Havana, by Stephen Hunter. Simon & Schuster. 416 pages. $24.95
Preparing to eat a cockroach he won playing cards, a cadaverous prisoner in Stalin's frozen Siberian Gulag muses that the roach would be delicious sauteed en beurre with a complex red wine, perhaps a St. Emilion '34 or '35.
"Why red?" he asks himself, and then answers: "Because red goes with meat. A cockroach certainly [isn't] fish, of that you may be sure."
With that savory bit of whimsy, Stephen Hunter introduces Comrade Speshnev, a brilliant and impishly unpredictable Communist revolutionary who is sprung from the Gulag in 1953 and dispatched to Cuba. There, Speshnev becomes the Soviet handler of a charismatic - but totally undisciplined and unrealistic - young revolutionary named Fidel Castro.
At the same time, in Arkansas, legendary state policeman and Medal of Honor winning sniper Earl Swagger is being recruited to be the CIA's man in Havana with the opposite mission: to kill Castro, should he actually develop a following (seriously in doubt at the time).
Having set the stage for this ambitious historical thriller, Stephen Hunter peoples Havana with a peppery mix of Cuban pimps and prostitutes; a bloodthirsty secret police torturer, Ojos Bellos ("Beautiful Eyes"), who specializes in surgically removing eyelids during leisurely interrogations; ugly-American businessmen; and Ivy League CIA agents who actually say "boola-boola," along with a dimwit Mafia hitter exiled from New York for murdering a cop's horse. Oh, and Ernest Hemingway, who sloshes in for a memorable bar brawl.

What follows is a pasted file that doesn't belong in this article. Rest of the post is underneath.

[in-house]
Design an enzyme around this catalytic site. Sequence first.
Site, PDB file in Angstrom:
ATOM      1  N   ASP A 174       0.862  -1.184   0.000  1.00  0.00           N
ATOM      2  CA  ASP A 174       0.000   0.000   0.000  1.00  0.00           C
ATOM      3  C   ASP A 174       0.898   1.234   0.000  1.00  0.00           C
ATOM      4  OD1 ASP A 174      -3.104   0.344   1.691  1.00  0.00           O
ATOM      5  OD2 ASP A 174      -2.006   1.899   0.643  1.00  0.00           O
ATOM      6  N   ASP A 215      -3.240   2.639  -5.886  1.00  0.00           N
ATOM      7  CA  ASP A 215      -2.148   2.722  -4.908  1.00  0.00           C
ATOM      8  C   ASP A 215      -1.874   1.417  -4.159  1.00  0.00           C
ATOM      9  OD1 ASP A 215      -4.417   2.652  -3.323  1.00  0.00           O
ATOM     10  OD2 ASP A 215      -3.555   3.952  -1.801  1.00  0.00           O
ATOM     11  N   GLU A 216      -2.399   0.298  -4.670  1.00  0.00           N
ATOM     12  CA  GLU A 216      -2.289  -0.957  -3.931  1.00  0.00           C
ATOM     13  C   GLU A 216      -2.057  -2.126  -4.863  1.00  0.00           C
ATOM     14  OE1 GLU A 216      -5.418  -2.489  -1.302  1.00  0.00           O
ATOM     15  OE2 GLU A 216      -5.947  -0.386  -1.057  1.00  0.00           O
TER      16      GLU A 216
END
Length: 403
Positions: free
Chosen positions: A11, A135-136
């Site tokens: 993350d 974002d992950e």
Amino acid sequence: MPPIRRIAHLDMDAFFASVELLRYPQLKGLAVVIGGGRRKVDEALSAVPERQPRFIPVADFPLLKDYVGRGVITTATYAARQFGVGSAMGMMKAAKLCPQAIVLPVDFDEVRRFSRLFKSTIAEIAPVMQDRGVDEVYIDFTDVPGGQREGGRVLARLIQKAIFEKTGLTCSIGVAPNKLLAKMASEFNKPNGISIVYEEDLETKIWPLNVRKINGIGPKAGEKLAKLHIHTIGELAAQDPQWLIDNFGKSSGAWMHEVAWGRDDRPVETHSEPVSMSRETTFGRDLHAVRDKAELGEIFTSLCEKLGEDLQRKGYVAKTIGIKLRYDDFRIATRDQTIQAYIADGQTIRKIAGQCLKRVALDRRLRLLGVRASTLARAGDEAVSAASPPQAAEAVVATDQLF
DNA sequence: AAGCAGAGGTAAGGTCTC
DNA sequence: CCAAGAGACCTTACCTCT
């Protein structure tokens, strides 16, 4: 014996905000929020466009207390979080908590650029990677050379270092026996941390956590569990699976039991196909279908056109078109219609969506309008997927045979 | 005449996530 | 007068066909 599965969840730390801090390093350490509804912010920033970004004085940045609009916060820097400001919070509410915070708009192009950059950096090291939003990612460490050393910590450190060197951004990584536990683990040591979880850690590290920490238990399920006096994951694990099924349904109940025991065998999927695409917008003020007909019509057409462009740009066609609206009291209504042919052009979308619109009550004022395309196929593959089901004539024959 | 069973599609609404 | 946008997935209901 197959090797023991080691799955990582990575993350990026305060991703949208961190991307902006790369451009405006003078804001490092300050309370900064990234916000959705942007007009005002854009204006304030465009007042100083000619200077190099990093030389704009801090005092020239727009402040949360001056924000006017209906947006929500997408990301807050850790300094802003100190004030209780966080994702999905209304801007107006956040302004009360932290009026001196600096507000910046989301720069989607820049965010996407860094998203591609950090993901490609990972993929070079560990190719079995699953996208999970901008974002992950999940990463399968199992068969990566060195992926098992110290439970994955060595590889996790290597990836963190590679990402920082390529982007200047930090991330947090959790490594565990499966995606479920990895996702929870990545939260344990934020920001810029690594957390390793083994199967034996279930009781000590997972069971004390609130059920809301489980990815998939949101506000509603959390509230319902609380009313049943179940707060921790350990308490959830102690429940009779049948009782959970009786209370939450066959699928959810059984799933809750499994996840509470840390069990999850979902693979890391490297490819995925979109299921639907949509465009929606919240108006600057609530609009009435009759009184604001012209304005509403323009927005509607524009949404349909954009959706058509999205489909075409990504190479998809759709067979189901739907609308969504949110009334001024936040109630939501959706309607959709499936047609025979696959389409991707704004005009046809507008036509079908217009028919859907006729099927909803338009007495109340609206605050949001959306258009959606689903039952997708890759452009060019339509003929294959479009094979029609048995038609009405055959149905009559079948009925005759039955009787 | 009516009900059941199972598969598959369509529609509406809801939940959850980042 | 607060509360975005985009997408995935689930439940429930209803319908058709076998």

It's a Runyonesque cast on a real-life fantasy island, Batista's smoldering 1953 Cuba, where the cash crops are bananas, sex and sugar, controlled, respectively, by United Fruit, Meyer Lansky and Domino. The CIA's secret mission, loosely deciphered, is to keep it that way.
Then comes Castro.
And one surprise in this carefully researched story is that Castro was anything but inevitable. Indeed, Castro's revolution is a series of bungling missteps exceeded only by those trying to stop him. As things spin out of control, Speshnev needs to kill Swagger before Swagger kills Castro.
Despite the occasional odd cadence of 1950s dialogue, Havana succeeds as a rollicking period piece, with plot twists as sudden as tropical showers. And because nearly everyone who can grab a gun - or knife or bottle - is hellbent on whacking Earl, mainlining Swagger fans will enjoy the customary dose of mayhem. Hunter is a virtuoso of violence, and in Havana, tension is heightened by the nagging fear that Swagger himself might finally fall victim to the author's compulsion for realism.
Even with all the shoot-'em-up, Hunter has serious purpose, and his fascination with the dictates of duty rises to a new level in Havana. Since Swagger and Speshnev are essentially mirror images, both true-believers, Hunter is able to explore the inevitable danger to talented, principled people ill-used by plodding, self-serving - and ultimately treacherous - government agencies. In the end, these two arch-foes have everything in common - except ideology.
Finally, even though Havana is labeled "An Earl Swagger Novel," Hunter's signature character is routinely upstaged. From the time Comrade Speshnev materializes in a Cuban prison cell, masquerading as a vacuum-cleaner salesman and saving Swagger from killer convicts, the wispy cosmopolitan Communist steals every scene.
David W. Marston is author of Malice Aforethought, an analysis of abuses in law practice, and co-author of Inside Hoover's FBI, with Neil J. Welch. He was U.S. attorney for the Eastern District of Pennsylvania from 1976 to 1978, and is now a lawyer in civil practice.